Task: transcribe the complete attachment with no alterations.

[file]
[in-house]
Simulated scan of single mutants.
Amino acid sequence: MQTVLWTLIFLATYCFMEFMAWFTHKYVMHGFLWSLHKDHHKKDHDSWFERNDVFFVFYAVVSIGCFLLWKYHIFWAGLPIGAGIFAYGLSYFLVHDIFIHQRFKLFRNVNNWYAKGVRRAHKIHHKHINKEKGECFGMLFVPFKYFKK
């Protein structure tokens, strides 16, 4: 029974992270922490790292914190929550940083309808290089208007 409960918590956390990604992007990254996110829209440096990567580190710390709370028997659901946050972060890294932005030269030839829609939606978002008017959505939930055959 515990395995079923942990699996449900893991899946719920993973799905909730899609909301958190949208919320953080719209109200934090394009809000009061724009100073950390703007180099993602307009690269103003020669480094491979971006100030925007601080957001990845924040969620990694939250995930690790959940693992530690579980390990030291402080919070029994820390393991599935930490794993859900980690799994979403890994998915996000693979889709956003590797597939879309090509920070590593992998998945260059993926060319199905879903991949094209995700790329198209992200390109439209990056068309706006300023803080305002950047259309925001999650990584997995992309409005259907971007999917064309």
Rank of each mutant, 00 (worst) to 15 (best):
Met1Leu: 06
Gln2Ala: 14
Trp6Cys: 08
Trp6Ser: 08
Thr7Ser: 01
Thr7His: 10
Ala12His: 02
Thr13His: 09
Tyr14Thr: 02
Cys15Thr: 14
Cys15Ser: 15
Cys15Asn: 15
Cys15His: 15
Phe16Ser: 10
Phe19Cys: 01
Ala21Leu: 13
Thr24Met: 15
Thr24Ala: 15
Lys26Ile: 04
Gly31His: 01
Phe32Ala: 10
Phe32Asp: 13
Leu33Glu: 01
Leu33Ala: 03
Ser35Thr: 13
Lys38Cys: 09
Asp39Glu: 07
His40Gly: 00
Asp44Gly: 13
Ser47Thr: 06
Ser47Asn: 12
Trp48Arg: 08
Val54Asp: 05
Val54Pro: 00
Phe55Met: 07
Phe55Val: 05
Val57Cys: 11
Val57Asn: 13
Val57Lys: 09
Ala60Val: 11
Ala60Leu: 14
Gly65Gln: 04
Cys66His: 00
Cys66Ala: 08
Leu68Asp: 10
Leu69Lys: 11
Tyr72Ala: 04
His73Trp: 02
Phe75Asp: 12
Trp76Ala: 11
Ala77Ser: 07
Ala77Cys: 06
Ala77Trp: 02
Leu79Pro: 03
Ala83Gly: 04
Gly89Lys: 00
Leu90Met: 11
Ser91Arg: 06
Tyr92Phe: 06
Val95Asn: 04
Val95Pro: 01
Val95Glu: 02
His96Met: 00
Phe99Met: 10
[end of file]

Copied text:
[in-house]
Simulated scan of single mutants.
Amino acid sequence: MQTVLWTLIFLATYCFMEFMAWFTHKYVMHGFLWSLHKDHHKKDHDSWFERNDVFFVFYAVVSIGCFLLWKYHIFWAGLPIGAGIFAYGLSYFLVHDIFIHQRFKLFRNVNNWYAKGVRRAHKIHHKHINKEKGECFGMLFVPFKYFKK
């Protein structure tokens, strides 16, 4: 029974992270922490790292914190929550940083309808290089208007 409960918590956390990604992007990254996110829209440096990567580190710390709370028997659901946050972060890294932005030269030839829609939606978002008017959505939930055959 515990395995079923942990699996449900893991899946719920993973799905909730899609909301958190949208919320953080719209109200934090394009809000009061724009100073950390703007180099993602307009690269103003020669480094491979971006100030925007601080957001990845924040969620990694939250995930690790959940693992530690579980390990030291402080919070029994820390393991599935930490794993859900980690799994979403890994998915996000693979889709956003590797597939879309090509920070590593992998998945260059993926060319199905879903991949094209995700790329198209992200390109439209990056068309706006300023803080305002950047259309925001999650990584997995992309409005259907971007999917064309």
Rank of each mutant, 00 (worst) to 15 (best):
Met1Leu: 06
Gln2Ala: 14
Trp6Cys: 08
Trp6Ser: 08
Thr7Ser: 01
Thr7His: 10
Ala12His: 02
Thr13His: 09
Tyr14Thr: 02
Cys15Thr: 14
Cys15Ser: 15
Cys15Asn: 15
Cys15His: 15
Phe16Ser: 10
Phe19Cys: 01
Ala21Leu: 13
Thr24Met: 15
Thr24Ala: 15
Lys26Ile: 04
Gly31His: 01
Phe32Ala: 10
Phe32Asp: 13
Leu33Glu: 01
Leu33Ala: 03
Ser35Thr: 13
Lys38Cys: 09
Asp39Glu: 07
His40Gly: 00
Asp44Gly: 13
Ser47Thr: 06
Ser47Asn: 12
Trp48Arg: 08
Val54Asp: 05
Val54Pro: 00
Phe55Met: 07
Phe55Val: 05
Val57Cys: 11
Val57Asn: 13
Val57Lys: 09
Ala60Val: 11
Ala60Leu: 14
Gly65Gln: 04
Cys66His: 00
Cys66Ala: 08
Leu68Asp: 10
Leu69Lys: 11
Tyr72Ala: 04
His73Trp: 02
Phe75Asp: 12
Trp76Ala: 11
Ala77Ser: 07
Ala77Cys: 06
Ala77Trp: 02
Leu79Pro: 03
Ala83Gly: 04
Gly89Lys: 00
Leu90Met: 11
Ser91Arg: 06
Tyr92Phe: 06
Val95Asn: 04
Val95Pro: 01
Val95Glu: 02
His96Met: 00
Phe99Met: 10